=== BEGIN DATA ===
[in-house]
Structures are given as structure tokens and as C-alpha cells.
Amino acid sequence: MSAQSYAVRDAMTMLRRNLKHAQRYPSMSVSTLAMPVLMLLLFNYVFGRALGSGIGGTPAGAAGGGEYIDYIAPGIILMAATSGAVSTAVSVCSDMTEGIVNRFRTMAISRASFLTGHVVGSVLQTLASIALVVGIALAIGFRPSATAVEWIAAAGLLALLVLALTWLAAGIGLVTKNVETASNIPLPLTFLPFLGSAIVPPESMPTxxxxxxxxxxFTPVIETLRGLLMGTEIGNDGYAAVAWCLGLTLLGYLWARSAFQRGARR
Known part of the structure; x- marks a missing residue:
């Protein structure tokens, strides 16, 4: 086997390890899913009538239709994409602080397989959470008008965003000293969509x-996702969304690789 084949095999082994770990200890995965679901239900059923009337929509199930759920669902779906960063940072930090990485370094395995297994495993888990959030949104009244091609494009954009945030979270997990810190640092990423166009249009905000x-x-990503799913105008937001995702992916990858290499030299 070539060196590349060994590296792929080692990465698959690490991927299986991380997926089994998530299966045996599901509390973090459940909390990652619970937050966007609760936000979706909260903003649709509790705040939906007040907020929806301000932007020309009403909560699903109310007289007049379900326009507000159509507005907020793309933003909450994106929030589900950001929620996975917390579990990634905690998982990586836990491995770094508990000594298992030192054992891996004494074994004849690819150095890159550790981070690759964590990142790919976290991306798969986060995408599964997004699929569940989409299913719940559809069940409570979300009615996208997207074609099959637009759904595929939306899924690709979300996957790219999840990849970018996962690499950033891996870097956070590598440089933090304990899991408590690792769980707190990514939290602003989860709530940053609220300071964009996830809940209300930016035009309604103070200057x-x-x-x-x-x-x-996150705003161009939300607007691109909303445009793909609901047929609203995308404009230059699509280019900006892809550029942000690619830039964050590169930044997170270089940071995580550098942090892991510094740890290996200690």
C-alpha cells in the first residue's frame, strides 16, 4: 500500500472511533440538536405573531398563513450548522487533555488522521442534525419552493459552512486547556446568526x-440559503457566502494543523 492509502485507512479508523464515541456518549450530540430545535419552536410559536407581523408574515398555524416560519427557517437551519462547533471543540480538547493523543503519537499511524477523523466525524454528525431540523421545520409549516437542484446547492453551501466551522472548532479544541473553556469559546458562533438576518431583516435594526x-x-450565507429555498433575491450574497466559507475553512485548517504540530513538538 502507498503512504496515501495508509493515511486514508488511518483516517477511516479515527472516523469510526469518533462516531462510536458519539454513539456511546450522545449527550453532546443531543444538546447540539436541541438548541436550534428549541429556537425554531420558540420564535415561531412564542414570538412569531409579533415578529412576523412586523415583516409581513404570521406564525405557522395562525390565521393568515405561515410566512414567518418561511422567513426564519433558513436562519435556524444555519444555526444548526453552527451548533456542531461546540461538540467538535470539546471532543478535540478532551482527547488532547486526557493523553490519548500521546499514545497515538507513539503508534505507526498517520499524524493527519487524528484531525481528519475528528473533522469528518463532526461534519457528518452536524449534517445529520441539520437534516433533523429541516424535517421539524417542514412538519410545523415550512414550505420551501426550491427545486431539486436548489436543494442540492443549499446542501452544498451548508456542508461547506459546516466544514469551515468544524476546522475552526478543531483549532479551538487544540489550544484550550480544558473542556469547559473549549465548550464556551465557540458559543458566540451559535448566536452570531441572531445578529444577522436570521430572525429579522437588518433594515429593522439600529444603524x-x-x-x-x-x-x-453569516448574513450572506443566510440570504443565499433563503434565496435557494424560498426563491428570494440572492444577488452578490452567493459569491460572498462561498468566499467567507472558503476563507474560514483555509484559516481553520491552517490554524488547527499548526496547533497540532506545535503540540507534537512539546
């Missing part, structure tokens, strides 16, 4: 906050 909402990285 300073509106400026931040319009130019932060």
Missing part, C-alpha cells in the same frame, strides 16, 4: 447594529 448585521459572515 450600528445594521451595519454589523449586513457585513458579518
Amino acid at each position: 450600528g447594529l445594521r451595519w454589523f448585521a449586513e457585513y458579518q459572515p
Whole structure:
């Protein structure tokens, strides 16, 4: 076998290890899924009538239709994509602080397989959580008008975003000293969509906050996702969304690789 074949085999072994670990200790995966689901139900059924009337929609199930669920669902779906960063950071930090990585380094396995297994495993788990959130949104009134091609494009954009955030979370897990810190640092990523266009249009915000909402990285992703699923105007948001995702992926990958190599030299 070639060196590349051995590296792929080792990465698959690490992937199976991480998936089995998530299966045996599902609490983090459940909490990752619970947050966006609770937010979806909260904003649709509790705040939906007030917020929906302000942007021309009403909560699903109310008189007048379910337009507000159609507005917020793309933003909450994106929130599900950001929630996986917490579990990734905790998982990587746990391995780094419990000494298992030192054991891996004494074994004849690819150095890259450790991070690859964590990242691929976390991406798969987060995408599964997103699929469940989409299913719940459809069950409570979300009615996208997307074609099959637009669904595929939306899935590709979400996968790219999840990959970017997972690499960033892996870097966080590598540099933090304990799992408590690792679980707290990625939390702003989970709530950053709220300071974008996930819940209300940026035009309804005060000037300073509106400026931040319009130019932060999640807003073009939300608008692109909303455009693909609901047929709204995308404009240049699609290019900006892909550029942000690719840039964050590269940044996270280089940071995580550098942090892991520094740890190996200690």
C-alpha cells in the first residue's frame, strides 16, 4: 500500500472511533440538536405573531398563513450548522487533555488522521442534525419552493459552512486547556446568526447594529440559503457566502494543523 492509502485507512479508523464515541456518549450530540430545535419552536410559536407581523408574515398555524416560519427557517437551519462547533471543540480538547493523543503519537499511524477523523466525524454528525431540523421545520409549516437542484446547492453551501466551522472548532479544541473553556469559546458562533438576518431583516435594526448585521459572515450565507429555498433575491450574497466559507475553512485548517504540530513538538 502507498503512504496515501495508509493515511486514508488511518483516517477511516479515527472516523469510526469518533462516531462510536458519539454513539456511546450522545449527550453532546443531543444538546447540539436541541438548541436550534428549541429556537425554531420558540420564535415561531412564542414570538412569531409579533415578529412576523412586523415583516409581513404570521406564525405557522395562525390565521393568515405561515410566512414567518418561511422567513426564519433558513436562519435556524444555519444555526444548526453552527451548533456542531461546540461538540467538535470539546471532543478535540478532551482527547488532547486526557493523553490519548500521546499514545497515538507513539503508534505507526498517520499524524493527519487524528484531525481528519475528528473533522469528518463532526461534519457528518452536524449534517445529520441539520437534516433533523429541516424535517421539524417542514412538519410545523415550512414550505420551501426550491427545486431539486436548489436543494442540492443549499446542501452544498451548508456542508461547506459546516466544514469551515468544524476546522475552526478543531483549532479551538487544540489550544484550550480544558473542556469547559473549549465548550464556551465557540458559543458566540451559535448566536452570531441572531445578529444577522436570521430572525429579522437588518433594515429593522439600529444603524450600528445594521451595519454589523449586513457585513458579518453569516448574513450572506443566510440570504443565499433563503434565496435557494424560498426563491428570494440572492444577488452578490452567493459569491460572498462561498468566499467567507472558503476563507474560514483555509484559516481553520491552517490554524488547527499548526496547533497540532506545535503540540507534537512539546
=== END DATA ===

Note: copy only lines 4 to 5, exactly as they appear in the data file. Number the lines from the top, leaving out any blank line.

Known part of the structure; x- marks a missing residue:
């Protein structure tokens, strides 16, 4: 086997390890899913009538239709994409602080397989959470008008965003000293969509x-996702969304690789 084949095999082994770990200890995965679901239900059923009337929509199930759920669902779906960063940072930090990485370094395995297994495993888990959030949104009244091609494009954009945030979270997990810190640092990423166009249009905000x-x-990503799913105008937001995702992916990858290499030299 070539060196590349060994590296792929080692990465698959690490991927299986991380997926089994998530299966045996599901509390973090459940909390990652619970937050966007609760936000979706909260903003649709509790705040939906007040907020929806301000932007020309009403909560699903109310007289007049379900326009507000159509507005907020793309933003909450994106929030589900950001929620996975917390579990990634905690998982990586836990491995770094508990000594298992030192054992891996004494074994004849690819150095890159550790981070690759964590990142790919976290991306798969986060995408599964997004699929569940989409299913719940559809069940409570979300009615996208997207074609099959637009759904595929939306899924690709979300996957790219999840990849970018996962690499950033891996870097956070590598440089933090304990899991408590690792769980707190990514939290602003989860709530940053609220300071964009996830809940209300930016035009309604103070200057x-x-x-x-x-x-x-996150705003161009939300607007691109909303445009793909609901047929609203995308404009230059699509280019900006892809550029942000690619830039964050590169930044997170270089940071995580550098942090892991510094740890290996200690």